“Each time we work with a pop-up editor, we're taking one more step out of the comfort zone of what we do all the time,” said Newell Turner, editor-in-chief House Beautiful and editorial director for the Hearst Design Group.
Back in June, House Beautiful announced for the first time in its history that a series of “pop-up” guest editors would be stepping in to collaborate on select issues alongside Turner and House Beautiful's executive editor Shax Riegler, starting this fall.
The first issue to feature a guest editor was the October “travel-inspired” issue with House Beautiful’s editor at large Chesie Breen. Breen’s issue spotlighted Americans' homes abroad, taking readers to three major European cities along with a sojourn in the French countryside.
Interior designer Charlotte Moss is up next—collaborating with the team on the November entertaining issue, themed "The Arts of Living," which will include special sections devoted to subjects that Moss is passionate about, including home fragrance and gifts that give back. Exclusive bonus online content includes Moss’ "best music for entertaining" playlists, great wines to savor and inspiring books.
From left: November 2013 cover and cover designed by Moss which appears on the first page of the issue
“Chesie Breen is our editor at large and contributes ideas to the magazine all the time. She knows us well—what we have to deliver in each issue. But the October issue was the first time I let someone not on staff work so closely with us to conceive and package an entire issue. We've never let someone from outside our regular magazine world guide and influence and produce an issue with us—and it's been fantastic collaborating with both Chesie and Charlotte.”
This reporter talked with both Turner and Moss to dig a little deeper into this concept and find out who else will be “popping-up” in the future.
Newell Turner and Charlotte Moss
Newell, what makes Charlotte a great choice for guest editor?
NT: Charlotte is more than just one of the leading interior designers of our time— she's a tastemaker among all the greats of the present and past. I've seen her captivate audiences with her insight and wisdom. She connects with people in a way that I knew would bring special meaning to this issue of House Beautiful. The magazine still looks like House Beautiful, but it's spiced and stirred and infused with her passions and interests.
How is working with a designer as an editor different than working with a journalist?
NT: There's not a lot of difference, because both designers and journalists do basically the same thing in that they make something bigger out of pieces—furniture and accessories become a room, words and pictures become a story. Great designers and journalists create something special in how they put it all together.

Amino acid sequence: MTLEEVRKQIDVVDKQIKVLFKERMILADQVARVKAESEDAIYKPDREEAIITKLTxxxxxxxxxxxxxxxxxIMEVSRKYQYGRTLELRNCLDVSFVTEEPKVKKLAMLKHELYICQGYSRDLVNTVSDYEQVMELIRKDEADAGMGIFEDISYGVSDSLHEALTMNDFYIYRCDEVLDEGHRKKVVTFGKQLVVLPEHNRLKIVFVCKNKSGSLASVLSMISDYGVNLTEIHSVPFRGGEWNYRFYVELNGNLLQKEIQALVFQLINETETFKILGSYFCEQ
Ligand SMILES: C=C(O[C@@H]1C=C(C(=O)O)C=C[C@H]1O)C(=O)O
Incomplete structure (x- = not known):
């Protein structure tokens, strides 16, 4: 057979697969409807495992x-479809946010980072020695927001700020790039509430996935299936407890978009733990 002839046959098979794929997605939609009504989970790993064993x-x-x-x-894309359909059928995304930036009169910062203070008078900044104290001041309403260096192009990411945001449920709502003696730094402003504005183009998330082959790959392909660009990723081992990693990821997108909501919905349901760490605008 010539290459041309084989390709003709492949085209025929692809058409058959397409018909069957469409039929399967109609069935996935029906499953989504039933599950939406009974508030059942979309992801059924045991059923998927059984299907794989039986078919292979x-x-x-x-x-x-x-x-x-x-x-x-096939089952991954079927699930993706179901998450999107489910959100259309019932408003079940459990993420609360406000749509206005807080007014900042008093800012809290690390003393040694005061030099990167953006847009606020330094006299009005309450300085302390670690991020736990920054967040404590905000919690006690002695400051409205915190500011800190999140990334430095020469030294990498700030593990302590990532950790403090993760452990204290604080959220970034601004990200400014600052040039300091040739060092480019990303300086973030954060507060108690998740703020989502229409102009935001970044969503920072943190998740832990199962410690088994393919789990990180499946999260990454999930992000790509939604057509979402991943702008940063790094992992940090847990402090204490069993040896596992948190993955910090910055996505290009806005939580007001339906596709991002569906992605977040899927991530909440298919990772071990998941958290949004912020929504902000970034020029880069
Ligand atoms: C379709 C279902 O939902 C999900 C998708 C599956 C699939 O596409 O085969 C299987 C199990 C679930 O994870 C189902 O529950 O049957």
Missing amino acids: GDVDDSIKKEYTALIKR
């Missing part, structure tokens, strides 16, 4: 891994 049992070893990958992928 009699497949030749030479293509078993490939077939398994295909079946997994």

What did she bring to the issue that surprised you?
NT: I love the way Charlotte wanted to push the boundaries of the printed page...not simply with new technologies but with one of our oldest tools: the written word. She reminded us of the power of the word to move and evoke the senses.
Charlotte, how did you approach this task and where did you begin?
CM: The staff at House Beautiful is very organized so the mechanics were all in place. What we first had to establish was a theme for my issue. When Newell asked me, my answer just rolled right out, as if I had been thinking about it for years. I felt pretty strongly that we should be thinking about life after decorating during the entire time we are doing the decorating. How are we going to LIVE in those rooms, how are they going to work, be inviting, have pizzazz, be sexy, have atmosphere. Naturally, the arts of living became my theme—inviting spaces that looked good, smelled good, felt fabulous, said 'come on in and stay awhile, have a drink, read a book, let's cook up a meal'—whatever it is, it’s about a home which is pleasing on every sensory level, and one where everyone wants to be.
What was your favorite part of the process?
CM: My favorite parts [plural] you mean—because there were many! I love the collaboration, and I liked hearing about what the readers expect from the magazine. I also loved the enthusiasm and knowledge of the staff. I always enjoy learning something new, about how the process works, and pushing myself to think about alternative ways of doing things.
What was the most challenging part?
CM: Frankly, it was containing myself. Whittling down the list of ideas, and not being able to include more designers was certainly a challenge. It was an embarrassment of riches, if you can call that challenging.
What did you learn about being a magazine editor? Is it something you'd like to do more of or in a greater capacity?
CM: I have so many friends who are editors that I think I have learned a lot by osmosis. Great editors are wired into what is happening, their radar is always on, and they know how to make a story. I love being an editor. In fact, our day jobs as designers require us to be editors for other people. A dream job for me would be to write, photograph, and style, which I do on my website and have also done for the Wall Street Journal. There are certain things we all know about ourselves, our strengths, our shortcomings, and while I have my share of the latter, I am also intensely curious and a voracious reader. I love exploring and pushing myself to learn new things, I think one of the most important things you can do in life is to keep your options open.
Newell, who else can we expect to “pop-up” in the future?
NT: We are excited to announce the Sara Ruffin Costello will be next in our Pop-Up Editor series; we are working with her right now on the February 2014 issue.
House Beautiful’s November issue—“The Arts of Living”—hits newsstands Tuesday, October 22.
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